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Don't ask!

The policy known as "Don't ask, don't tell" was supposed to end the prohibition on gay and lesbian service in the military, but in reality the number of people discharged for being "gay" (or for saying they were) actually climbed for most of the decade after its adoption in 1994. All that changed after 9/11/2001, for the simple reason that the U.S. military could no longer afford to lose talented soldiers as it embarked upon one, then two, foreign wars. From a high of 1,273 in 2001, the number discharged dropped to 906 in 2002 and to 787 last year, reports the Servicemembers Legal Defense Network. The paradox here is that the rationale for kicking gay people out is that they detract from military effectiveness (unit cohesion, etc.), yet it's precisely when the military is on a war footing, when effectiveness is the order of the day, that it sees fit to retain more gay people in its ranks. The ineluctable conclusion is that the desire to eliminate gay people from the military has nothing to do with their ability to serve effectively, after all.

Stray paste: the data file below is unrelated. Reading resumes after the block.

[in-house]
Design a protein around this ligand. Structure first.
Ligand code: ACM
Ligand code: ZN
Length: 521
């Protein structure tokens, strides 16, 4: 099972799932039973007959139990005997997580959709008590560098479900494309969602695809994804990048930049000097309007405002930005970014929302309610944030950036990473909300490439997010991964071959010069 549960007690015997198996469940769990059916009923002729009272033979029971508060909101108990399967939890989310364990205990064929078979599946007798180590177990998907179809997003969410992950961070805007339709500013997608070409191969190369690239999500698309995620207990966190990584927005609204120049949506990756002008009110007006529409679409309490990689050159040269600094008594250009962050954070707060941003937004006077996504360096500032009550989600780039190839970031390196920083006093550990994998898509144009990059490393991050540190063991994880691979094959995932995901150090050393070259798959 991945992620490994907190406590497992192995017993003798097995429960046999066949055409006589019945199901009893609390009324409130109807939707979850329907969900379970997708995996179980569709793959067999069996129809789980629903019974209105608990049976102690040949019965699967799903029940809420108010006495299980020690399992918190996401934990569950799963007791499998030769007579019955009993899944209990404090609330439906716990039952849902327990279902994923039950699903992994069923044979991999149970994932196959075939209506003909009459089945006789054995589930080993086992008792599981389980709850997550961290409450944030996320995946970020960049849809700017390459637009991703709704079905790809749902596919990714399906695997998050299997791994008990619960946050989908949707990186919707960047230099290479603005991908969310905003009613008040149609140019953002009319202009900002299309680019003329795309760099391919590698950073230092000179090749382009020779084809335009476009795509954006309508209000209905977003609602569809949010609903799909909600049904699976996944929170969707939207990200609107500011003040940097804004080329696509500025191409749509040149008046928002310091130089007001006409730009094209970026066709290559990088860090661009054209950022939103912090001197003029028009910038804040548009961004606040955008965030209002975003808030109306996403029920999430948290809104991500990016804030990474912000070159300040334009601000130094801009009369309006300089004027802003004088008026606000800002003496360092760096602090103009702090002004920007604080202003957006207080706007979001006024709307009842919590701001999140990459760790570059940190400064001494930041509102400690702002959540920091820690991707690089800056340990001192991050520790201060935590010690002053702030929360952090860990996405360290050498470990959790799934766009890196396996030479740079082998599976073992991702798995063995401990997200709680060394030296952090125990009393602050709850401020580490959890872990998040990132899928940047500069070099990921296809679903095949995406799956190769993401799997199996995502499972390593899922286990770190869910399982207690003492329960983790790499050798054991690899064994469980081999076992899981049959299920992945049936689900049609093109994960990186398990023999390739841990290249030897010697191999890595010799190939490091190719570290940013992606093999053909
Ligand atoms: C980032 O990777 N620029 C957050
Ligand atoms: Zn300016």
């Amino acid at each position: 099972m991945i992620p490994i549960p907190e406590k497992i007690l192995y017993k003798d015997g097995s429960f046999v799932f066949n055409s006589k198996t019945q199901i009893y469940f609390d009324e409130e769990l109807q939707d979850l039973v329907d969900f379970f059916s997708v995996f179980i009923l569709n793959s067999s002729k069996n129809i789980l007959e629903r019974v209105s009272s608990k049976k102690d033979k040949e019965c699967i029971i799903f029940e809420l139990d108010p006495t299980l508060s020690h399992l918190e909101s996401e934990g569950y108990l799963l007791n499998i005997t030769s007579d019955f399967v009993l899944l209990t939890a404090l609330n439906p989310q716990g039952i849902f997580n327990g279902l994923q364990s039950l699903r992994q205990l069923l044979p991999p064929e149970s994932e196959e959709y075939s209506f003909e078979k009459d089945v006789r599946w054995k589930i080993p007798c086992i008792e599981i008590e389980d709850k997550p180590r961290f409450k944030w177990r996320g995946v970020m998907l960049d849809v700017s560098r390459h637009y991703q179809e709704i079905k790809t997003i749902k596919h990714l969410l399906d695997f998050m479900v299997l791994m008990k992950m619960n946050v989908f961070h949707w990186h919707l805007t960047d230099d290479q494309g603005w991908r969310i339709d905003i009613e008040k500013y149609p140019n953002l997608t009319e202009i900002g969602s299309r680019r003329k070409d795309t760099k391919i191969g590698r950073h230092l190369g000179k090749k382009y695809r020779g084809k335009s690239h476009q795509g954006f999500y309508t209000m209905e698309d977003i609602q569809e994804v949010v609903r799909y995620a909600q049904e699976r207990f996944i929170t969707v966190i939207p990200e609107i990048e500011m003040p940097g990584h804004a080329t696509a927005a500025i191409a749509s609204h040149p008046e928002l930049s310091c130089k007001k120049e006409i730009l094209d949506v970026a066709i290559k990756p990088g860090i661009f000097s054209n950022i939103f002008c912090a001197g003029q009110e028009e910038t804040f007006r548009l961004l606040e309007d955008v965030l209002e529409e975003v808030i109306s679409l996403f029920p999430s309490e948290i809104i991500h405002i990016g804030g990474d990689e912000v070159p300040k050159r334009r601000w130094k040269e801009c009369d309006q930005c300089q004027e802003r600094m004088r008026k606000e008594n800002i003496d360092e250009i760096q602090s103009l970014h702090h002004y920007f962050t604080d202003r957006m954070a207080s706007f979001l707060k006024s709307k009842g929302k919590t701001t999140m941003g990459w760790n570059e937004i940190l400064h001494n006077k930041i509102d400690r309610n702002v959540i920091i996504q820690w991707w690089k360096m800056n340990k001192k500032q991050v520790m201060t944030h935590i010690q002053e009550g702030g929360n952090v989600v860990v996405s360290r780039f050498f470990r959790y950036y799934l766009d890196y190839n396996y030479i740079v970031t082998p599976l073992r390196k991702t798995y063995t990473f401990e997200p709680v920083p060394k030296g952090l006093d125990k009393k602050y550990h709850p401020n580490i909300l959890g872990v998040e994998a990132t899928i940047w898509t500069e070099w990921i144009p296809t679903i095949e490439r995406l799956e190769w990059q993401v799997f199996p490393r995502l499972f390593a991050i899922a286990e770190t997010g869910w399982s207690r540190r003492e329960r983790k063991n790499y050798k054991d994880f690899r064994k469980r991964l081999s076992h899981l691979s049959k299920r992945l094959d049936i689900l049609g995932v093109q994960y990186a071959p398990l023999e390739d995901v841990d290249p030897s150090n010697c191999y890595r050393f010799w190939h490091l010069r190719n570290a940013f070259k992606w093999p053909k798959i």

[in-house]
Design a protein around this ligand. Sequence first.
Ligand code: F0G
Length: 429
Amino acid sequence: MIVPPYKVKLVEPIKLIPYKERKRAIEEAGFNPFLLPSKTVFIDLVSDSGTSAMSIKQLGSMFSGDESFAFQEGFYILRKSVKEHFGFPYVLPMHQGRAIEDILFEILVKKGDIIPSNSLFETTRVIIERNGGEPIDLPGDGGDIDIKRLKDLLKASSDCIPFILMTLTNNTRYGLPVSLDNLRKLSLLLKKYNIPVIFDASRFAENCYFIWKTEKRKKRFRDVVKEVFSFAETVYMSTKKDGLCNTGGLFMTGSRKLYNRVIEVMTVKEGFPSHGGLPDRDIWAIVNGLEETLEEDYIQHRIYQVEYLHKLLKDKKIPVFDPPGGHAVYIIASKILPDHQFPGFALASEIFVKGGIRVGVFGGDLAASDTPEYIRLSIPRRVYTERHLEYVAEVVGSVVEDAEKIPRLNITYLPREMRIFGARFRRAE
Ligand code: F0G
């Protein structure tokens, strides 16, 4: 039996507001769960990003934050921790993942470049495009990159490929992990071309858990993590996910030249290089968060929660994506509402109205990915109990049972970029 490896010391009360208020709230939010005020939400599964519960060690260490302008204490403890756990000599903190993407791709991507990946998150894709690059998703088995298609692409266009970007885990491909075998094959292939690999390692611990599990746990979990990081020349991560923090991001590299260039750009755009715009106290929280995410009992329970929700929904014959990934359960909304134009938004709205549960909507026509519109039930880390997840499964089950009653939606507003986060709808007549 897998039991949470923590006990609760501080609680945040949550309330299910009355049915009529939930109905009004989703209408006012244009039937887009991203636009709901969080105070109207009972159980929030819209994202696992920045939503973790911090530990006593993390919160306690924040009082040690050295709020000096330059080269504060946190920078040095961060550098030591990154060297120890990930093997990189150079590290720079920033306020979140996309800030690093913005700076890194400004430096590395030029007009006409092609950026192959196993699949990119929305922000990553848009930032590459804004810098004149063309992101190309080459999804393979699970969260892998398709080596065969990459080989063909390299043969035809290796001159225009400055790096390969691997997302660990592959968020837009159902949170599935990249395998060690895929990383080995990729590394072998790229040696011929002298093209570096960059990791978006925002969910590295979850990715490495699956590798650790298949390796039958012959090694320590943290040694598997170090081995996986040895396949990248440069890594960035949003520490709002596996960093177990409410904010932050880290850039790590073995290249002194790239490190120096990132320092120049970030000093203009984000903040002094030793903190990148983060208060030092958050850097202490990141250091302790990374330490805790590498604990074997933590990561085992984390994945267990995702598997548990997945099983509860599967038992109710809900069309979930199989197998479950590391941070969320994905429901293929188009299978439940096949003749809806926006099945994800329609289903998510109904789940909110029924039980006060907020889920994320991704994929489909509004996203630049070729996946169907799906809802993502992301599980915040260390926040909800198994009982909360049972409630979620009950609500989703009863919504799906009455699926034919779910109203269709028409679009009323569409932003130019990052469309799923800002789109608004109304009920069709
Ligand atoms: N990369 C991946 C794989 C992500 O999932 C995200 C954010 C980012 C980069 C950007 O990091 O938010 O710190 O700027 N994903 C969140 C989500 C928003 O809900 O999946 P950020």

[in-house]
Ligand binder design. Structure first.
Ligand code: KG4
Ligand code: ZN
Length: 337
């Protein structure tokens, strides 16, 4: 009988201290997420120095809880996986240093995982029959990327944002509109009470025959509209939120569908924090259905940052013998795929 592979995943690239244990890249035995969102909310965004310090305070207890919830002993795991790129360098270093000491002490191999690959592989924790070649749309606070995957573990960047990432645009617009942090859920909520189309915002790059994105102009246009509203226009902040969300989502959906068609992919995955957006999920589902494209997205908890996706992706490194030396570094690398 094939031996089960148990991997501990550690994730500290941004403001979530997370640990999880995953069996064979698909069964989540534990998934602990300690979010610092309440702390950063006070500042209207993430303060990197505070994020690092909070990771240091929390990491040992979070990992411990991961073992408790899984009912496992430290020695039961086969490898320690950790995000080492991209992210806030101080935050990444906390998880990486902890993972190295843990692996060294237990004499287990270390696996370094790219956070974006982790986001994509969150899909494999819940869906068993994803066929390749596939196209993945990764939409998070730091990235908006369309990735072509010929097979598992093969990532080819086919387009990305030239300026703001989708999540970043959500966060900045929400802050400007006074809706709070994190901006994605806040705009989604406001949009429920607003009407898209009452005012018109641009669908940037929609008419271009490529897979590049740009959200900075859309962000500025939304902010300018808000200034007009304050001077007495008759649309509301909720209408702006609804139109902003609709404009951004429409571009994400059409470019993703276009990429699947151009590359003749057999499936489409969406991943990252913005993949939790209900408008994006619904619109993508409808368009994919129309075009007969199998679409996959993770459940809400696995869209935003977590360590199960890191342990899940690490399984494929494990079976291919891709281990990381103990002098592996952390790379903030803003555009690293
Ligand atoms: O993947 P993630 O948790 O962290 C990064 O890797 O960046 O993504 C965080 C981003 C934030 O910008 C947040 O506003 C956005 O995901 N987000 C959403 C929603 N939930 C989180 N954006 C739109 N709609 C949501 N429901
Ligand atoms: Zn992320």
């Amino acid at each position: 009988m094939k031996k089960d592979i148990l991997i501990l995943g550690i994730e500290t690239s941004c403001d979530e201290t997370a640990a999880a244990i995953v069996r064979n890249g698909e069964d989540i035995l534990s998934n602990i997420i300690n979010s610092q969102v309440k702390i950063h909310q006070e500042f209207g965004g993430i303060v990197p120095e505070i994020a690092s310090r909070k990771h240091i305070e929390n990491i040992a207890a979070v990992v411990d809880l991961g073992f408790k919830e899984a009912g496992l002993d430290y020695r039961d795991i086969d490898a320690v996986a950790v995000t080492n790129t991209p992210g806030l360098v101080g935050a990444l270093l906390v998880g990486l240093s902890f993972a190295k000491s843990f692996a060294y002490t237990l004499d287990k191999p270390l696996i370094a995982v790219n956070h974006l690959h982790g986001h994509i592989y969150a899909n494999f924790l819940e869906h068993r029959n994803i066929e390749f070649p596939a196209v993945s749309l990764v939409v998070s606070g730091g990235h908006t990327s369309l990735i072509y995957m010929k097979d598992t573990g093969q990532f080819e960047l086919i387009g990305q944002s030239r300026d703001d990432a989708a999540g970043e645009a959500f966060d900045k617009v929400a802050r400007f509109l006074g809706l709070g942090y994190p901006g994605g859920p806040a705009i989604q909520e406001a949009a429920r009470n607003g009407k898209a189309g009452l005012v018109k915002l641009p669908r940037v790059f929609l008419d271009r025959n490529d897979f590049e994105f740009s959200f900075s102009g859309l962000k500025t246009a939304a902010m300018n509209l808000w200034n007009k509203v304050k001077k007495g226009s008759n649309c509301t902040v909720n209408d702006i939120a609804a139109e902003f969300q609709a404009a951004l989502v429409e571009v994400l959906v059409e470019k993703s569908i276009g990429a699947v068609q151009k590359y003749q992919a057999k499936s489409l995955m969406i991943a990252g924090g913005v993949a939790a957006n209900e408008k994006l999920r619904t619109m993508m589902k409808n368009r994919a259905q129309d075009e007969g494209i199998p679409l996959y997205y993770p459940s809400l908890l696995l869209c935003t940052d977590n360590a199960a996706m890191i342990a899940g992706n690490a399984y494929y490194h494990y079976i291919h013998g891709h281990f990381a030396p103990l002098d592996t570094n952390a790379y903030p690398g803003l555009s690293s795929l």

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Title Annotation:BTW; gays and the military
Publication:The Gay & Lesbian Review Worldwide
Geographic Code:1USA
Date:Jul 1, 2004
Previous Article:Election 2004: this time, the stakes are real.
Next Article:Hippocratic hypocrisy.

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